Affective Dog Behaviour
July 30, 2021 19:00
Diana Kastner is a fulltime banker who has accumulated many years of experience volunteering with “problem” rescue dogs and following “balanced” methods, before Scott Stauffer has caught her attention through one of his many YouTube videos more than 5 years ago. Having been a doggie mom to several “problem” rescue dogs herself, she never stopped searching for answers … answers, Scott was finally able to provide. His mentorship of Diana finally turned into a business partnership, during which they founded K9 Life Coaching, LLC and created the concept of Affective Dog Behavior. In the meantime, Diana has earned two Diplomas from Canine Principles: One in “Force Free Canine Coaching”, and another in “Rescue Dog Cognition and Rehabilitation”. However, her education hasn’t stopped there, as a keen, active curiosity about the emotional canine brain through Affective Neuroscience, Social Neuroscience and Neuroscience has become another interest she shares with Scott Stauffer.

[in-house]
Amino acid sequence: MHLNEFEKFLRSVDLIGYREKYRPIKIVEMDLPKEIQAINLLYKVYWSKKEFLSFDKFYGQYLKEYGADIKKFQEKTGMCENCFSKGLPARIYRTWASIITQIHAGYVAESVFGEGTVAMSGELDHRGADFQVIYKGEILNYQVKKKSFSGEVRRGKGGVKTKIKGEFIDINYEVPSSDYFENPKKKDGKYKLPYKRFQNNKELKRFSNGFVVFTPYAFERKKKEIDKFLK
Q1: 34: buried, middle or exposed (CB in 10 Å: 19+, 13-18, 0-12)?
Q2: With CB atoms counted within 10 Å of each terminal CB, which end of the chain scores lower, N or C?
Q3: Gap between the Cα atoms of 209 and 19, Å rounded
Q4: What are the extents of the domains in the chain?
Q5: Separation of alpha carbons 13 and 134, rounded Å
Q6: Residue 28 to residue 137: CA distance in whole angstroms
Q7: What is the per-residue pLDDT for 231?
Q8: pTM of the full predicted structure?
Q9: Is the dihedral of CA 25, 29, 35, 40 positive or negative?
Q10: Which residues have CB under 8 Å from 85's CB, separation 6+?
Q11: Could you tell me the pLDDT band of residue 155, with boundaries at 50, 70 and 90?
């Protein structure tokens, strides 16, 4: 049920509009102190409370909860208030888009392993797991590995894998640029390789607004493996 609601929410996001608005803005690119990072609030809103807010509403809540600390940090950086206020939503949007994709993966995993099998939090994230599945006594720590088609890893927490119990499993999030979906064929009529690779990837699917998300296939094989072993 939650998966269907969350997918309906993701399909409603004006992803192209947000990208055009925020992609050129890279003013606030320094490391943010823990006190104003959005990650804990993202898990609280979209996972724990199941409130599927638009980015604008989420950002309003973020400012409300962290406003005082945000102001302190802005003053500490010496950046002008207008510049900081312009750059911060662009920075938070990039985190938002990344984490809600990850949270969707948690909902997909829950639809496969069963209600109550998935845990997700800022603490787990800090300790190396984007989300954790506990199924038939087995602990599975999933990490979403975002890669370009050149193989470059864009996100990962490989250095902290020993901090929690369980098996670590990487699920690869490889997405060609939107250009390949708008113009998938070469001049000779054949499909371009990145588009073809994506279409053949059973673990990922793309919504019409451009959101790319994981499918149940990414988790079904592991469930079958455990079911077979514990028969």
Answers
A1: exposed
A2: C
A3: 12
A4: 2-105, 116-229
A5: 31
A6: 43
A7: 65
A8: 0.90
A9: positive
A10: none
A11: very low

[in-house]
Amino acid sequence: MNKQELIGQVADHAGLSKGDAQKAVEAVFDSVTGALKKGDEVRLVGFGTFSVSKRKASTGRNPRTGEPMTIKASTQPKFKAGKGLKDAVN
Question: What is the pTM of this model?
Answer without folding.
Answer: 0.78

Scott Stauffer and Diana Kastner are the creators of Affective Dog Behavior. During most of his 25 years as a K9 Life Coach, Scott has worked with groups of people and dogs, and has gained many years of extensive experience in doggie daycares and as a dog walker of “problem” dogs … the kind of dogs that were expelled from groups and daycares. Not only has he learned from dogs and developed a very unique, emotions-based approach to handling dogs and humans, he self-educates in the fields of Affective Neuroscience, Social Neuroscience and Neuroscience, which is the foundation of Affective Dog Behavior.
Currently, Scott spends his time traveling the USA. In his capacity as a Traveling Dog Trainer, he is helping dog owners, doggie daycares and dog walkers understand the importance of the dogs feeling safe and how to answer to a dog’s desire to feel safe and social, which, in many cases may help them keep “troubled” dogs in their care. Additionally, Scott also assists fellow trainers with clients that are not responding well to typical training methods and may otherwise face an uncertain future.
One of the goals of Affective Dog Behavior is to promote the idea that “Emotions Affect Behaviors” so that each dog and human can feel heard, wanted and acknowledged.
To learn more about Affective Dog Behavior, please visit any (or all) of the following links:
Facebook: Search for Affective Dog Behavior and please answer the group questions to join